Student: SIWEN SHAO (Jennifer)
Tutor: Cherryldene Baylosis
Class: Thursday 6-9PM
User created content
In 2004, the concept of web 2.0 was presented at a brainstorming forum between publishers O’Reilly and MadiaLive Internatinal. Web 2.0 actively advocates personalization, which facilitates the emergence of the concept of user created content. By 2005, user created content gradually into people’s attention through the promotion of network publishing and new media publishing industry. With the widespread use of user-generated content, it gives birth to a series of new business, such as community networks, video sharing, document sharing, blog and so forth. In the process of user created content, the user is not just the user who passively receive the Internet information, but also is the producer who initiatively create the contents online. In this article, I will first elaborate Hinton & Hjorth’s (2013) framework of user created content and then develop my critical thinking of their framework. Finally, I will elaborate how we apply the user created content to our social media campaign “The Con” in this class and how it contributes to our work.
The Hinton & Hjorth’s framework of user created content
In the chapter four of Understanding Social Media, Hinton & Hjorth (2013) start with the idea of “participation as the central concept that underlies social media” to describe the relationship between participation and social media. Then, they illustrate how academic scholar have conceptualized the idea of users/producers and put forward a combination of ‘produser’ defined by Bruns. After explaining all of the above concepts, they finally begin to analyze user created content.
There are two participative behaviors, which are user generated content (UGC) and user created content (UCC). It seems that “generated” and “created” are synonyms, but actually they are distinctive. According to Hinton & Hjorth’s opinion, UGC refers to “users respond content made by other” while UCC means “the content is made by the user” (Hinton & Hjorth, 2013). For example, it is a difference like user profile data and a well-crafted video that is uploaded to the internet with the purpose of being watched by users.
In this chapter, Hinton & Hjorth illustrate a number of examples to elaborate how user created content exerts significant impacts on crowd sourcing, citizen journalism and online activism. In terms of crowd sourcing, Hinton & Hjorth take the cases of the National Library of Australia and Wikipedia to demonstrate the power of crowds. For example, Wikipedia, as the world’s largest repository of knowledge, provide a platform for a crowd of users to share their knowledge of different fields. It allows anyone to have the access to write or edit a share document on this platform, which is different from the traditional encyclopedia that is strictly edited. In this part, Hinton & Hjorth also concern that due to a number of limitations such as “the inherent fallibility of crowds” and “disproportionate ability of individual or groups”, crowd-sourcing cannot guarantee the high quality of user created contents (Hinton & Hjorth, 2013).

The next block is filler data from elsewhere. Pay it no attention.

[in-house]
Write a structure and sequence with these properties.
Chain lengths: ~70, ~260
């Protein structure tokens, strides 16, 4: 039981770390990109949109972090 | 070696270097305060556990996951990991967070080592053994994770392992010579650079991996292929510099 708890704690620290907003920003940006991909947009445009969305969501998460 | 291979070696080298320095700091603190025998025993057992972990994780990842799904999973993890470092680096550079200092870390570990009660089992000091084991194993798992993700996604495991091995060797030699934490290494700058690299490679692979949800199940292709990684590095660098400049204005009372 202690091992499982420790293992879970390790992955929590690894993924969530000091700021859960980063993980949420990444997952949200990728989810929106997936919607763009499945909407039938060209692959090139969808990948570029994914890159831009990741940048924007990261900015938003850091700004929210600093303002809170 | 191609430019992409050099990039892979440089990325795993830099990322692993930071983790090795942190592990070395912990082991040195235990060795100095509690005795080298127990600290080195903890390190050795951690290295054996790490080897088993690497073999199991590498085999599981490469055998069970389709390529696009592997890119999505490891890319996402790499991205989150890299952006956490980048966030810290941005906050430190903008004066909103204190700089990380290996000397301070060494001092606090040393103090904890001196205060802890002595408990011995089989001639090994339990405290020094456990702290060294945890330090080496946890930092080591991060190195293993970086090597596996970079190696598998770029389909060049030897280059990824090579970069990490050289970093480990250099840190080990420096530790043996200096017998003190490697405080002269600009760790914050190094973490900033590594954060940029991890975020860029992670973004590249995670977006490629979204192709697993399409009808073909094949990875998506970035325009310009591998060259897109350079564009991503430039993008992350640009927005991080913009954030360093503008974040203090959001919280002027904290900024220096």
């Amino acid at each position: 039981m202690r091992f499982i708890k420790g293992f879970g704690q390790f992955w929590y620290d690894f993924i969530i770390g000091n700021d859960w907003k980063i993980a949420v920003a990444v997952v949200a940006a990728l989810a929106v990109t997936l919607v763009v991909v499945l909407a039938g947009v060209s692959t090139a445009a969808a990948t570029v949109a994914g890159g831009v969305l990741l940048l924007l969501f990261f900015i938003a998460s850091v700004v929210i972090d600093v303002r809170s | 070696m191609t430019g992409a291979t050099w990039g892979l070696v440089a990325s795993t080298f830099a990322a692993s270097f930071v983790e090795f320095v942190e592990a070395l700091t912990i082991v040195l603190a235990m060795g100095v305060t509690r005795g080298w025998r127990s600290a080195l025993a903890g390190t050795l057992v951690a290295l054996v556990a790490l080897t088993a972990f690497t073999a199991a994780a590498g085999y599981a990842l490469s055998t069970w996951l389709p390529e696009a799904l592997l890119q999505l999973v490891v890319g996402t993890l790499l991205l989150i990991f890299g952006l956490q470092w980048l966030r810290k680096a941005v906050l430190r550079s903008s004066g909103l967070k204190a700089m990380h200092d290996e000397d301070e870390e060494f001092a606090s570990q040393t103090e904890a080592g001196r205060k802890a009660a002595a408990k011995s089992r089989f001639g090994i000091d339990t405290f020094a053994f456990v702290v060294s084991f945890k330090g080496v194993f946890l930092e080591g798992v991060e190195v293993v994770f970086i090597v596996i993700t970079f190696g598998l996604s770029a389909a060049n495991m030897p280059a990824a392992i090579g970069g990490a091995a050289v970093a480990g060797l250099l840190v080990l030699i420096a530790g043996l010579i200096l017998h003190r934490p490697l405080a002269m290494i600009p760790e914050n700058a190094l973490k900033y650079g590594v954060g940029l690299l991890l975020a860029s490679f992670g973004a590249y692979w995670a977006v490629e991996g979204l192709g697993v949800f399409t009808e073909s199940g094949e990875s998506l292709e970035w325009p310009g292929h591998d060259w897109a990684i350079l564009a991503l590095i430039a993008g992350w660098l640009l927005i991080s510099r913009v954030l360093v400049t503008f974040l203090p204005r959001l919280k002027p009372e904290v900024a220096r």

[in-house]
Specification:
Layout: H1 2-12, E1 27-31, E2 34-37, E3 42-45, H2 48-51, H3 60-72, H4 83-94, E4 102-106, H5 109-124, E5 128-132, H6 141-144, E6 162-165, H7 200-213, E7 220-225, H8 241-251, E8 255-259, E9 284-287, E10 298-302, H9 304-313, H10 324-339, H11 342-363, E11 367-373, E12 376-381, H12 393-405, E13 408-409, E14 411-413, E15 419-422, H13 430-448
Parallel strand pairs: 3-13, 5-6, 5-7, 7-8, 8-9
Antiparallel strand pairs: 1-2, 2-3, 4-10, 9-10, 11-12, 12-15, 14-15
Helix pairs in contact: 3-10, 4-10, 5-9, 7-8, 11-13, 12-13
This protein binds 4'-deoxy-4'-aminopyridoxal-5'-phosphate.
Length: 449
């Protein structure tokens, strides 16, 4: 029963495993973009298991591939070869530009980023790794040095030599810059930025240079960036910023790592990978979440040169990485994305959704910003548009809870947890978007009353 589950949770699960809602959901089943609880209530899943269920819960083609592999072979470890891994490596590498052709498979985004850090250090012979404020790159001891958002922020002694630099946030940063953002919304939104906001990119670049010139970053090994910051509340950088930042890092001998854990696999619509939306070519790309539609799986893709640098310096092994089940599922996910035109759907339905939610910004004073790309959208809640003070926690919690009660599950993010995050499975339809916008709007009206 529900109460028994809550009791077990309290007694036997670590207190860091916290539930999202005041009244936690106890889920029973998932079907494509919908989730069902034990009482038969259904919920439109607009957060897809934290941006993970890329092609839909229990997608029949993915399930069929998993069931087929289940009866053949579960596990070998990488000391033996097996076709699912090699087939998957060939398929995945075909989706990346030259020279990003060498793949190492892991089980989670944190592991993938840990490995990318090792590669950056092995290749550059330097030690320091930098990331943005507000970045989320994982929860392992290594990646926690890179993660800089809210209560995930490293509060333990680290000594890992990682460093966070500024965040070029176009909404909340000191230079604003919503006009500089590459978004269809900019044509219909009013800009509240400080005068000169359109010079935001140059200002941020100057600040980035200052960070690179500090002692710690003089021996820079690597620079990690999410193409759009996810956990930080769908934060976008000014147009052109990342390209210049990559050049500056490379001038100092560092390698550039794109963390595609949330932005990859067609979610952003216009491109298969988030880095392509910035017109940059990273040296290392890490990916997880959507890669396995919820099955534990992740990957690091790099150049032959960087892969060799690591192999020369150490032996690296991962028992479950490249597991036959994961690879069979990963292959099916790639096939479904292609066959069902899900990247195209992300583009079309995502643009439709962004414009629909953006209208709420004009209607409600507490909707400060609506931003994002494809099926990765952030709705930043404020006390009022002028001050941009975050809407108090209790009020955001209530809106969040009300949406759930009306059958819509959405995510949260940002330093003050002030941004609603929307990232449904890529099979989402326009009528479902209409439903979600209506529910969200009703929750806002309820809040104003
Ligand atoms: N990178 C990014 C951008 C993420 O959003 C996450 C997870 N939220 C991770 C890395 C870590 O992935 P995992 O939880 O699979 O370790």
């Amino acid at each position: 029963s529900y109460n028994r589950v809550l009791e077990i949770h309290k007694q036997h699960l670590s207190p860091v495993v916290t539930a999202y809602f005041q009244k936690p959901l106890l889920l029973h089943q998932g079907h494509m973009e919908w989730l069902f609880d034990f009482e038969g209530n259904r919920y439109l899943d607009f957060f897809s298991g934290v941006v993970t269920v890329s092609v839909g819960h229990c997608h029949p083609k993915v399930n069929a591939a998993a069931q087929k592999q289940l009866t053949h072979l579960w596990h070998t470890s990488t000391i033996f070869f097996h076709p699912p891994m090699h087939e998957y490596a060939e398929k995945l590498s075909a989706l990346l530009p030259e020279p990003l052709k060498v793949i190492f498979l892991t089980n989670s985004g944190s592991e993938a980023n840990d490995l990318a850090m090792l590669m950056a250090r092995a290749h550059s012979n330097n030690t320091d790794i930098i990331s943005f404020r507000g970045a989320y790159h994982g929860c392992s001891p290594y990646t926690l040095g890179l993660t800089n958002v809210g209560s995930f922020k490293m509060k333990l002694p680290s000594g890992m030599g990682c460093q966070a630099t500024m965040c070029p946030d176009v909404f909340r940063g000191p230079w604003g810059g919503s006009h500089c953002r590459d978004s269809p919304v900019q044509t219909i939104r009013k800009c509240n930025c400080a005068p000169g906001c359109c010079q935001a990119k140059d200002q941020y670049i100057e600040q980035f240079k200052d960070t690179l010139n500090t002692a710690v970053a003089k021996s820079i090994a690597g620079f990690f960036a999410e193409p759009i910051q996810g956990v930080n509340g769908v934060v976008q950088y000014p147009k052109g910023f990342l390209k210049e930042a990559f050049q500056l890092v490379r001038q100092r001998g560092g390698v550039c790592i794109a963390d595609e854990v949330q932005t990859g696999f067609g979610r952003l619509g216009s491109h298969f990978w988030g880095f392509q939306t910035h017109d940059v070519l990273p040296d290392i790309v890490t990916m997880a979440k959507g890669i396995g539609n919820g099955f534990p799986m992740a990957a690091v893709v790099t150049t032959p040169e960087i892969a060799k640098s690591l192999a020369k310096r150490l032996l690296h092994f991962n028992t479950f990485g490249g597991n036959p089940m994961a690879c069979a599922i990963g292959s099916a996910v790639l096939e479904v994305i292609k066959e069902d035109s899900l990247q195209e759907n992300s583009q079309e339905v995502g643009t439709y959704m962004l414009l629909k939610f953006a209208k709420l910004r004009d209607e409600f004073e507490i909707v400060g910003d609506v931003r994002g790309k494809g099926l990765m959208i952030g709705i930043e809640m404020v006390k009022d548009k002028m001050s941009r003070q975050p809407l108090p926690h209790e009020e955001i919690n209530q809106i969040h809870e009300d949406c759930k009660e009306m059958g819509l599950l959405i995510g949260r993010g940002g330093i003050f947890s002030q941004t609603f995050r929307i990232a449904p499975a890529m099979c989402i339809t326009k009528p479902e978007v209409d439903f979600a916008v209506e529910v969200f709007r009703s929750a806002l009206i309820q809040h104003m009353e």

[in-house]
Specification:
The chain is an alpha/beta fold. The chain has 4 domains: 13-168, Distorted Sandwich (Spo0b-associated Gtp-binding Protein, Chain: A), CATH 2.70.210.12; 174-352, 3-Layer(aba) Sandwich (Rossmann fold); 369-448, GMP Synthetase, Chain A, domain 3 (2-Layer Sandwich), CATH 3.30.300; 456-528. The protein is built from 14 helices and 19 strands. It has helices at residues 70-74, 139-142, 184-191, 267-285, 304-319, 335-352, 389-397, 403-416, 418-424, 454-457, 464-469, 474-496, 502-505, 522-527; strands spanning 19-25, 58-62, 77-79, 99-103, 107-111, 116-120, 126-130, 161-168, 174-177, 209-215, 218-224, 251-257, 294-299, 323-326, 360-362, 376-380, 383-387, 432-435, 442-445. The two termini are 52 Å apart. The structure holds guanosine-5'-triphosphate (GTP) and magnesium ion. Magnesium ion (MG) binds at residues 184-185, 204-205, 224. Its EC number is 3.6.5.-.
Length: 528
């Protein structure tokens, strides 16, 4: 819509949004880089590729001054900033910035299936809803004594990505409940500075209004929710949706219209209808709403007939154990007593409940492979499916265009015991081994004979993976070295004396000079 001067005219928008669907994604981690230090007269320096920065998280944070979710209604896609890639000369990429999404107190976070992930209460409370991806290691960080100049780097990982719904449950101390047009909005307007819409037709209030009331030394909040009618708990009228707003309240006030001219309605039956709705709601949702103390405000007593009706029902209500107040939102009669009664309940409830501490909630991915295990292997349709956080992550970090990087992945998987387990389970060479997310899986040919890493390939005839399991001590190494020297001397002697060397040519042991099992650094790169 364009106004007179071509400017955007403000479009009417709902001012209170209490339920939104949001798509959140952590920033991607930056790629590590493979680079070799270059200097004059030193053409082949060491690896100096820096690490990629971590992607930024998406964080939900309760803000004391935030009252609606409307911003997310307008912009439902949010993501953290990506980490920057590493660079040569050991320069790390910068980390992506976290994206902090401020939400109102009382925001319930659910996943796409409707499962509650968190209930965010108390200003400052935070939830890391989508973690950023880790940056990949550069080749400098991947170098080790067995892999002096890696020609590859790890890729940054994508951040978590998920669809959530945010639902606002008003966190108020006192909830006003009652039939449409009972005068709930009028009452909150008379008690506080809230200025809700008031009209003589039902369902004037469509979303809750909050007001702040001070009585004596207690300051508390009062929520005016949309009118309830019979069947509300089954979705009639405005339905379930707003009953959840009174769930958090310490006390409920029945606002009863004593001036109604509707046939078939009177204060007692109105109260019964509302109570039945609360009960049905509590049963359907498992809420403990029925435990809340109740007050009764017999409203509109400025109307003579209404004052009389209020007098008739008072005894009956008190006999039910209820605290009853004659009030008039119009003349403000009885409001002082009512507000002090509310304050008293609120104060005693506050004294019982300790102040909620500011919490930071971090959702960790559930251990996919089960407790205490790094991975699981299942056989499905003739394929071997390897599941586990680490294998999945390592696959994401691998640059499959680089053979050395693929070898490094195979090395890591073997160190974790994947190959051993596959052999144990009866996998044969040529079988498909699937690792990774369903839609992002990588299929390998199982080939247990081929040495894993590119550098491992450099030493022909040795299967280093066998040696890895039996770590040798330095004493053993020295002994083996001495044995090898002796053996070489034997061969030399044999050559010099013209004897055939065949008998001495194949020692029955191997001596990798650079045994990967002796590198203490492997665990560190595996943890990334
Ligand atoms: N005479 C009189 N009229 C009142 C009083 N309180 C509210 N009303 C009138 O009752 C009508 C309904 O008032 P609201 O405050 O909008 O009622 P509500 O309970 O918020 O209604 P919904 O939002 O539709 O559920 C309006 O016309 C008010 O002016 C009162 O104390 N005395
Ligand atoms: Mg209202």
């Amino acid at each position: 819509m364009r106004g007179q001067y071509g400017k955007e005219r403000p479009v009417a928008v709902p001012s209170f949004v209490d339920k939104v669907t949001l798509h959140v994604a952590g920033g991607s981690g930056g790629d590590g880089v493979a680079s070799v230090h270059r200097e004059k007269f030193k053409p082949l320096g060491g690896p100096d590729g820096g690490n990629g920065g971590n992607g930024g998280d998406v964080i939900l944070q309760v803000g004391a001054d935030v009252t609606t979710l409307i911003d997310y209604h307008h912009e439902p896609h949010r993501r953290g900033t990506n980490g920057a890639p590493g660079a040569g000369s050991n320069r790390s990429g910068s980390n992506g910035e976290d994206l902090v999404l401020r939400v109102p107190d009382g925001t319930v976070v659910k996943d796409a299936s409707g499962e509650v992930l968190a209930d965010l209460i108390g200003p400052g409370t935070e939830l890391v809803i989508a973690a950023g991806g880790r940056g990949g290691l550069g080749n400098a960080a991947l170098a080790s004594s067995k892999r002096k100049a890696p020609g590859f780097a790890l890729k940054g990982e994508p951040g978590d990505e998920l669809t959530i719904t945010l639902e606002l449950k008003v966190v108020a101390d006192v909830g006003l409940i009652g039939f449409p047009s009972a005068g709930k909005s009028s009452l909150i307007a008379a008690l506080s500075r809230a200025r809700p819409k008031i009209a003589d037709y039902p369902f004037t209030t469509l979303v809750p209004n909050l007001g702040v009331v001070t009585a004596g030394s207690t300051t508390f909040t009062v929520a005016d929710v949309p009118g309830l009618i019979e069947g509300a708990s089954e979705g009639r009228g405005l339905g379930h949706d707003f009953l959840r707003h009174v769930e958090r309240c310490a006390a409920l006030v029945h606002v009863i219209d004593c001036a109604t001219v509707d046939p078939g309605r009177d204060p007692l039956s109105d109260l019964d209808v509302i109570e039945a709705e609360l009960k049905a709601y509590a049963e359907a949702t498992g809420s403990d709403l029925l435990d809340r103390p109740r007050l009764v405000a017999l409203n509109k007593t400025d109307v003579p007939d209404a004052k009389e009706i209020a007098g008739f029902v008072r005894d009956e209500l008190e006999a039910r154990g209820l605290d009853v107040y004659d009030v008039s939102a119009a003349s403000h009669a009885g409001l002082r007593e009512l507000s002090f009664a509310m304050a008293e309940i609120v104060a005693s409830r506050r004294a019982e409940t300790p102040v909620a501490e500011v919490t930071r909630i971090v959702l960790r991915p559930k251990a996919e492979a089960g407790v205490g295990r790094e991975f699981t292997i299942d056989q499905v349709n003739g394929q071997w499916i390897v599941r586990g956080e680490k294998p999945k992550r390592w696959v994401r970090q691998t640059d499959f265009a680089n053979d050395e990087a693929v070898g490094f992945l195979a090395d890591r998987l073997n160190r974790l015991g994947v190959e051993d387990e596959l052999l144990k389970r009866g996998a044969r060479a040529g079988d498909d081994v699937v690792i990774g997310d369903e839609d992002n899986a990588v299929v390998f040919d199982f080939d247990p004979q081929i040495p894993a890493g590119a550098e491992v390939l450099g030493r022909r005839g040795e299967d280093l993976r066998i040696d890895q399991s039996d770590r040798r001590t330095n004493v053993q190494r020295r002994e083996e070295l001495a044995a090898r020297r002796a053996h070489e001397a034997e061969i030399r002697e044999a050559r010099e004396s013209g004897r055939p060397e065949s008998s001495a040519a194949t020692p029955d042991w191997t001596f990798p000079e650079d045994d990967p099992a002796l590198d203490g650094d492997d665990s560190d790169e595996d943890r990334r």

Wikipedia website: the world’s largest repository of knowledge
With the emergence of social media and the popularity of electronic devices like smartphone with high quality of camera, reporting the news is not only a job for the professional journalists with esoteric knowledge, the users are allowed to take pictures and videos to reporting an event in their own way. This phenomenon constitutes citizen journalism (Hinton & Hjorth, 2013). Hinton & Hjorth take the London bombing in 2005 as the example, the BBC received a large number of images and videos from the public (Hinton & Hjorth, 2013, as cited in Stuart, 2007). In addition to mobile phone, Hinton & Hjorth also display a number of different forms of citizen journalism, such as blog enable the users to publish the news or events in their daily life and live tweeting make it possible for millions of people to follow an event at the same time. They argue that citizen journalism subverts the traditional model of news report and encourage increasing people without professional knowledge to participate in reporting the events, but it also brings several debates, such as the unreliability of the source, the lack of professional knowledge and the lack of transparency of traditional news media (Hinton & Hjorth, 2013).
In addition to crowd sourcing and citizen journalism, user created content also play a significant role in online activism. In this part, Hinton & Hjorth start with the example of Zapatistas to help readers understand what online activism is. Then, they put forward the concept of “democratising internet” and explain because of that, people are free to share and engage with their ideas regarding various issues on social media, which contributes to the rise of online activism. Taking the examples of Arab Spring uprising and the Occupy Wall Street movement, Hinton & Hjorth further elaborate how social media play a crucial role in assisting activists to disseminate political and social dissent. By the end of this part, they also point out some problem with online activism. The case of Kony 2012 makes people realize that social media allows campaigns to be organized quickly so that people cannot have enough time to fully understand the whole story from beginning to end (Hinton & Hjorth, 2013).